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Aaron Ramsdale to Arsenal transfer close

The Gunners are closing in on (or may have already closed on) a deal to bring the Sheffield United keeper to the Emirates.

Sheffield United v Birmingham City - Sky Bet Championship Photo by Robbie Jay Barratt - AMA/Getty Images

In an about face from a few days ago when the reporting was Aaron Ramsdale-to-Arsenal was basically dead and buried, the Gunners are once again closing in on a transfer move for the Sheffield United goalkeeper. Per David Ornstein, the deal is worth £24M + £6M in add-ons that will trigger if Ramsdale becomes the number one keeper. According to The Athletic, the deal is done save for personal terms and Ramsdale passing an Arsenal medical.

Sheffield United came back to the table willing to accept a lesser offer rather than Arsenal improving theirs, so hooray for that small negotiating victory, I suppose. It feels like every report I read had the Blades seeking more for Ramsdale: apparently their initial ask was £40M. My understanding is that it’s because they want to make a profit on a guy they bought from Bournemouth for £18.5M with a sell-on clause in the deal.

The price Arsenal are paying isn’t great. The Gunners are paying a significant homegrown tax (but there may or may not be additional homegrown regulations down the line in the Premier League in the coming years). The move would make Ramsdale one of the most expensive keeper transfers ever, behind Kepa Arrizabalaga (2018, £71M), Alisson (2018, £65M), Thibault Courtois (2018, £35M), Ederson (2017, £35M), Gianluigi Buffon (2001, £32.1M) and just ahead of Jordan Pickford (2017, £25M).

His boxcars aren’t very good, nor is the fact that he’s been relegated from the Premier League the past two seasons. But the advanced statistics from FBRef paint a somewhat-different picture. He’s a good shot-stopper and has a strong command of the area in the air. That second part — ability to claim crosses, corners, and free kicks — would be a significant upgrade on Bernd Leno (see e.g. Brentford’s second goal). Arsenal rate Ramsdale’s distribution with both his hands and his feet highly as well.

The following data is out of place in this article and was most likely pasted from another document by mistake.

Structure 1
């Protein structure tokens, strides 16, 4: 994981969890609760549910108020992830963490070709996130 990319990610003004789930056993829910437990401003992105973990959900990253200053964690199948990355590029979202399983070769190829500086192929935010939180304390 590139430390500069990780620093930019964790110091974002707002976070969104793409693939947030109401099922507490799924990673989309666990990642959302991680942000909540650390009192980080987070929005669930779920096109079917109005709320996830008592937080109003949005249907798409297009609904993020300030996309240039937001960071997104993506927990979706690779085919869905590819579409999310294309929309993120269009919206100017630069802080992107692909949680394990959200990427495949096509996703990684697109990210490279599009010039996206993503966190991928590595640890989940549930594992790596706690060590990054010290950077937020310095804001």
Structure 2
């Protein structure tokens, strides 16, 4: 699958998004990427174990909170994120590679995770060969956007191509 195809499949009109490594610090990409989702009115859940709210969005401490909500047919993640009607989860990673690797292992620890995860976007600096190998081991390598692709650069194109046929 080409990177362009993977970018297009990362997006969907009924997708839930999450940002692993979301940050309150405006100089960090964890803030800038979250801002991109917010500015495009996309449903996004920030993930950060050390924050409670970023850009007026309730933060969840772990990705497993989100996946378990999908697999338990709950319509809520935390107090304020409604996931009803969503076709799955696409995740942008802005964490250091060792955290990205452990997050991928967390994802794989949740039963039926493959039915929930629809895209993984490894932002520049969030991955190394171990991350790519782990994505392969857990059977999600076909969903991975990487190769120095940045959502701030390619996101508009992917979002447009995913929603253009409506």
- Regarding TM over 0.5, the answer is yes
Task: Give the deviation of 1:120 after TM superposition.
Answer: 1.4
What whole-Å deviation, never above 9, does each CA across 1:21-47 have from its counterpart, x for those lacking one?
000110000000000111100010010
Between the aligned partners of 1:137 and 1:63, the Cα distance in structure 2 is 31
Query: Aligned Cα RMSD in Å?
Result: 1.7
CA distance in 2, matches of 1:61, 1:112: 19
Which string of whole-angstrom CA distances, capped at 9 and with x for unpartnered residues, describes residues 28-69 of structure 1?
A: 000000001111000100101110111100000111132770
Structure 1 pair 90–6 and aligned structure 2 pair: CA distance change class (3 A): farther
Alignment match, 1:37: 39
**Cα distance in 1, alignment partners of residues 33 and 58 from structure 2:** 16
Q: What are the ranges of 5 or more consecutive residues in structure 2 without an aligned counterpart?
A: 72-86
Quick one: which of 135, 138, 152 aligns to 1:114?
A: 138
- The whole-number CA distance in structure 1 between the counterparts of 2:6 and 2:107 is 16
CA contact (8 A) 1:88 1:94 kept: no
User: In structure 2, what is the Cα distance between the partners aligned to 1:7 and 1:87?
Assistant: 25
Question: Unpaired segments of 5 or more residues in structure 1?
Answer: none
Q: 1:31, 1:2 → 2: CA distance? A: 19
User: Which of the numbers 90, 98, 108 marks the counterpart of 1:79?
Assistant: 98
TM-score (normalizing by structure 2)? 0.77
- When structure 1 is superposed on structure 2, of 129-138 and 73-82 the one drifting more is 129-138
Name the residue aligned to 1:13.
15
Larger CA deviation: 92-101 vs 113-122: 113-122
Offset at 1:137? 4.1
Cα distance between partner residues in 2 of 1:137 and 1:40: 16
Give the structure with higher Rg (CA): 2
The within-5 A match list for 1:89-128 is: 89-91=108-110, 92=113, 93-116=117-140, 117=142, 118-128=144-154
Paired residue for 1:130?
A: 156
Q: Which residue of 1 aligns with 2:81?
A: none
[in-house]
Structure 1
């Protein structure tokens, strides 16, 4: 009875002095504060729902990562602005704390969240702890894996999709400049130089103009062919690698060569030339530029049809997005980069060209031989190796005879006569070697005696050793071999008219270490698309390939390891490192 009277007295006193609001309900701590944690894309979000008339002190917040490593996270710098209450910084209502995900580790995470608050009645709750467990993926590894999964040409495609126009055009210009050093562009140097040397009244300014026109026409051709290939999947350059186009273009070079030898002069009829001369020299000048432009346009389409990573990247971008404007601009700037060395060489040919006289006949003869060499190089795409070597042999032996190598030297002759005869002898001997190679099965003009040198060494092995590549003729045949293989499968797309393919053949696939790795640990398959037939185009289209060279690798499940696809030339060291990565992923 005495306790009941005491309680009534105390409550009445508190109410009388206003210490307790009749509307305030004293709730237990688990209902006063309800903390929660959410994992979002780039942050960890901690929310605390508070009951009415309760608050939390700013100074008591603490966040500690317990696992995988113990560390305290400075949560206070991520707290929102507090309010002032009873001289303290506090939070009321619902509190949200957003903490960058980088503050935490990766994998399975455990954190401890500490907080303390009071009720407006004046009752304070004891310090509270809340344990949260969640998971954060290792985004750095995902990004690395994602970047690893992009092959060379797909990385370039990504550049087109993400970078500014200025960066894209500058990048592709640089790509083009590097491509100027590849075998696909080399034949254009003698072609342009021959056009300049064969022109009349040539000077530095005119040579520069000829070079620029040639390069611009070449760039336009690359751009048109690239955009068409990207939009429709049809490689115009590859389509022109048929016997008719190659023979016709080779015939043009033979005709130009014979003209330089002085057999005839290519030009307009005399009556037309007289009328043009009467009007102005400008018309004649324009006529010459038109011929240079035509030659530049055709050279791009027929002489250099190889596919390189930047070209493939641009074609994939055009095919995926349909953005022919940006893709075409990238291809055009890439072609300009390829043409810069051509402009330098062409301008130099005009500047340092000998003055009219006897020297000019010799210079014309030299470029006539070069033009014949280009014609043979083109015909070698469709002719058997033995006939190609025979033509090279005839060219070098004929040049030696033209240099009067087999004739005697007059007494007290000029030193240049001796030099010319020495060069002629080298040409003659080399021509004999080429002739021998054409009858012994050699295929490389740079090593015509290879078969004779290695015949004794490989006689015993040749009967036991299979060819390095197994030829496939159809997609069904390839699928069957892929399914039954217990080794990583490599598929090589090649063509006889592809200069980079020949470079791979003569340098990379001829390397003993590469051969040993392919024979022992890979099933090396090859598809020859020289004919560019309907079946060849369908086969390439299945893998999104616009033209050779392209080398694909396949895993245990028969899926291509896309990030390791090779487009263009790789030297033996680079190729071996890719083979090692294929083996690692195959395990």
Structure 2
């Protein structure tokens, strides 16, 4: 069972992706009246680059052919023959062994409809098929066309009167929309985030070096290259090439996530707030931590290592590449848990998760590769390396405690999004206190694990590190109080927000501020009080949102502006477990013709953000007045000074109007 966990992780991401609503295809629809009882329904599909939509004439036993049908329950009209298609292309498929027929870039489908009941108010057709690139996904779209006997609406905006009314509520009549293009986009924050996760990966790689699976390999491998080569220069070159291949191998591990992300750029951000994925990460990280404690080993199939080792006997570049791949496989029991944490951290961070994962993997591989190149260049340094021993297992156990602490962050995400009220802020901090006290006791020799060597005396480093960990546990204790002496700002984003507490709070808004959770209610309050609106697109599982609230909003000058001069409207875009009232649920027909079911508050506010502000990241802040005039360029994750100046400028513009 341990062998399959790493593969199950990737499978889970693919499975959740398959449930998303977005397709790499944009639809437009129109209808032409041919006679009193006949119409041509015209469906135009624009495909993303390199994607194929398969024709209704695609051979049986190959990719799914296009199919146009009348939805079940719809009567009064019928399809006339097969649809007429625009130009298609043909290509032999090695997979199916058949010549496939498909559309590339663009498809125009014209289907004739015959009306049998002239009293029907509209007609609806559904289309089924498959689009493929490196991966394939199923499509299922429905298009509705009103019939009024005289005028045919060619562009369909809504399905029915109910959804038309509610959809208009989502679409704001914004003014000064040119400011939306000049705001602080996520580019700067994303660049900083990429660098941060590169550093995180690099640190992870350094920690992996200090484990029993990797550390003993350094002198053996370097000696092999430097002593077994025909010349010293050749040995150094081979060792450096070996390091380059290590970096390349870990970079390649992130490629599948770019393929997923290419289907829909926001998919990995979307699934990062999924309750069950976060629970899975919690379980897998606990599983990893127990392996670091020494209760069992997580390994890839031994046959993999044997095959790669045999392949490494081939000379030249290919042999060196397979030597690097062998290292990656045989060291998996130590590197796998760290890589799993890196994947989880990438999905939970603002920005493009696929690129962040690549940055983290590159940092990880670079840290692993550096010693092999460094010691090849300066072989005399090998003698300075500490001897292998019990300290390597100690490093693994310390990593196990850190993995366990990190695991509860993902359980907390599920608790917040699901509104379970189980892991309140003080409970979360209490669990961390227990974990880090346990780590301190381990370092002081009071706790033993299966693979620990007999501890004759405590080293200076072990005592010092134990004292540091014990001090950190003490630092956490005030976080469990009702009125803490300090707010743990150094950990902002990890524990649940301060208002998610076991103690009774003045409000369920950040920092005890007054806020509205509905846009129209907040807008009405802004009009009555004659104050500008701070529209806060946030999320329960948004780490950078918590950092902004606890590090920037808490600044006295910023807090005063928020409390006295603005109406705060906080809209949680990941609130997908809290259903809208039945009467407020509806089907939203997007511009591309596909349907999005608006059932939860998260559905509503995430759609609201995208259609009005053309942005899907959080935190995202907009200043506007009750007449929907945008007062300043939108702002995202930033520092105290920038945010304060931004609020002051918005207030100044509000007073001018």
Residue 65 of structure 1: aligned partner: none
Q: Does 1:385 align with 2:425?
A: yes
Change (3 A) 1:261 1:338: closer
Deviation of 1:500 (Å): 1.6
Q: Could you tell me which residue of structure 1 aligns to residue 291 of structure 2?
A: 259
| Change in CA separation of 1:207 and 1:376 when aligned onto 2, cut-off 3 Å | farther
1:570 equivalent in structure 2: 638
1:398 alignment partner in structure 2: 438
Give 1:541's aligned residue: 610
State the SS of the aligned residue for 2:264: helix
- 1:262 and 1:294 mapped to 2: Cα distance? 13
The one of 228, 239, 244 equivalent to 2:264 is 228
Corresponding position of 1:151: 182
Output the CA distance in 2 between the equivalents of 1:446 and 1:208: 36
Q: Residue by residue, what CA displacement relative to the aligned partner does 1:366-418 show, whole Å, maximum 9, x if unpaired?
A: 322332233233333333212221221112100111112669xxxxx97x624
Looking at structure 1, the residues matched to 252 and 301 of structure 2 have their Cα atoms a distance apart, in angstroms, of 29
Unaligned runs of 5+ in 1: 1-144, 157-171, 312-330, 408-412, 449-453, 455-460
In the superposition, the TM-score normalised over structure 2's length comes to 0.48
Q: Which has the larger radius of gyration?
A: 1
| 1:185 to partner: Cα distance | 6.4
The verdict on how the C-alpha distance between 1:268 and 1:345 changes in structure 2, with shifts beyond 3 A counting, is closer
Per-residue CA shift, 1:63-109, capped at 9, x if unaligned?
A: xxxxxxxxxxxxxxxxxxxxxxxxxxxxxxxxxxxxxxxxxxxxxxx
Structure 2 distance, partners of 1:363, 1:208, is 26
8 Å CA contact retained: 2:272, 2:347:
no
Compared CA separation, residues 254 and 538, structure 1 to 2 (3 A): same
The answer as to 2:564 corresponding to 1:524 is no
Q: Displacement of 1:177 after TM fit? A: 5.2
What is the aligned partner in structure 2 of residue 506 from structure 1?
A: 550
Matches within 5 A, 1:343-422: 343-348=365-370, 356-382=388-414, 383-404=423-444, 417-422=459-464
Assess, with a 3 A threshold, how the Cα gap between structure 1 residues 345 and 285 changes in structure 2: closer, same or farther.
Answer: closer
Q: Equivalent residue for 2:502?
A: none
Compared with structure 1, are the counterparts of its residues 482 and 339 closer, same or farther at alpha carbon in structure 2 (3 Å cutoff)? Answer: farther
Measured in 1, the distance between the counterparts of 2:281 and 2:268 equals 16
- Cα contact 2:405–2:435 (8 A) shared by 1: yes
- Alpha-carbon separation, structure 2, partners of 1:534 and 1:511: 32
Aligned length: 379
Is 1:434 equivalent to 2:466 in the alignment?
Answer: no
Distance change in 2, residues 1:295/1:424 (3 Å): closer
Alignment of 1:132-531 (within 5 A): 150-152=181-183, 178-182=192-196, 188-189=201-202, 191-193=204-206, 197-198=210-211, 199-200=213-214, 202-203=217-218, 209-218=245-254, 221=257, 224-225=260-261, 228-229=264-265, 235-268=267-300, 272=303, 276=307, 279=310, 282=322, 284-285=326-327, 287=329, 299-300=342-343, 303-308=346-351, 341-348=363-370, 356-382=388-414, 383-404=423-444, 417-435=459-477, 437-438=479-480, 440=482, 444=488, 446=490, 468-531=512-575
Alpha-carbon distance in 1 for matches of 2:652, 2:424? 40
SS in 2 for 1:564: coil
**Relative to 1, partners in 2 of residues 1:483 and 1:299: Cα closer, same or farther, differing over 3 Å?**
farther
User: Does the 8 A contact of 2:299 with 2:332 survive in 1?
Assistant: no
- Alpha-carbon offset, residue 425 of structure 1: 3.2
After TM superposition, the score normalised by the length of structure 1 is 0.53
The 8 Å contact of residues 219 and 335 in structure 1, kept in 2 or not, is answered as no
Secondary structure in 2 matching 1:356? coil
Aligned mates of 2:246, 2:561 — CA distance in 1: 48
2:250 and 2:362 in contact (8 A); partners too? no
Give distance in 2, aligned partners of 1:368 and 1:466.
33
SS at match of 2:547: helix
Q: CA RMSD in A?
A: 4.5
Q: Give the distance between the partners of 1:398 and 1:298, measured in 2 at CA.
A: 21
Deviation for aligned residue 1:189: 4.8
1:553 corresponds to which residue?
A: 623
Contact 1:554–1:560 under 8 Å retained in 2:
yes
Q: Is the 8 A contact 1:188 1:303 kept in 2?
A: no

He’s faced a ton of shots in his career and a disproportionate number of high-quality chances. It’s tough to look good as a keeper playing in front of a Swiss cheese defense, even if you’re the greatest keeper ever. Obviously, I’m not saying Ramsdale is, but you have to keep in mind that keepers, perhaps more than any other player on the pitch, are reliant on the team around them to look good. I think if you stick Ramsdale behind the Arsenal defense (once Ben White has settled in) he’d look a much different and better keeper.

For reference:

The Gunners needed another bona-fide, first-team keeper for this season. The club was a Bernd Leno injury away from starting either one of two 19-year old prospects (Karl Hein or Arthur Okonkwo) or a guy who may or may not have wrists (Alex Runarsson). Ramsdale is a professional, Premier League keeper, which fills that significant hole in the roster.

More importantly, Ramsdale at 23 is basically the same goalkeeper Bernd Leno is at 29. The buy is as much for the future as it is for right now. Leno is out of contract in June 2023, and if the Gunners haven’t sold him before then, he’s leaving on a free transfer. Arsenal needed their next keeper, and hopefully Aaron Ramsdale is it.

Twenty-three is young in goalkeeper years (also in regular human years, but that isn’t the point). Keepers play at a high level well into their 30’s and presumably continue to develop over at least some of that timeframe, too. Ramsdale has more than a decade of improvement ahead of him.

Plus, look around at the top leagues in Europe — you won’t find many guys in their early twenties playing regularly. Ramsdale already has two seasons in the Premier League and two more in the Championship, plus international experience with England to boot.

I like the idea of buying a keeper with significant amounts of experience for his age and plenty of room and time to improve. And a move for Ramsdale fits with the Arsenal’s clear summer strategy of buying young.

I’ll also admit that I’m not as happy about the Ramsdale move as I am about the rest of Arsenal’s summer business, mostly because of the price. But there are plenty of reasons to think he’ll be a solid starting keeper down the road. And given his age and comparatively high starting point, he might become a standout. And if it doesn’t work, he’ll be in his mid-20’s and homegrown when Arsenal move him on, which should net out about even.

If you still aren’t sold on Ramsdale, consider this: in a season where the club gave up bags of goals and was relegated, he was still voted Sheffield United’s Young Player and Overall Player of the Year. Blades supporters aren’t too pleased to see him go, which is a pretty good barometer. You should worry about the guys the supporters are happy to see leave — that’s not Ramsdale.

For those of you who’d like a deeper dive, this is a very good video on Ramsdale.

Arsenal came into the transfer window with a not-insignificant list of needs. As evidenced by the summer business, they had a plan to fill them. And they got the job done. They’ve still got a few players to sell off, and they could do with a proper right back, but for me, this window has been quite successful.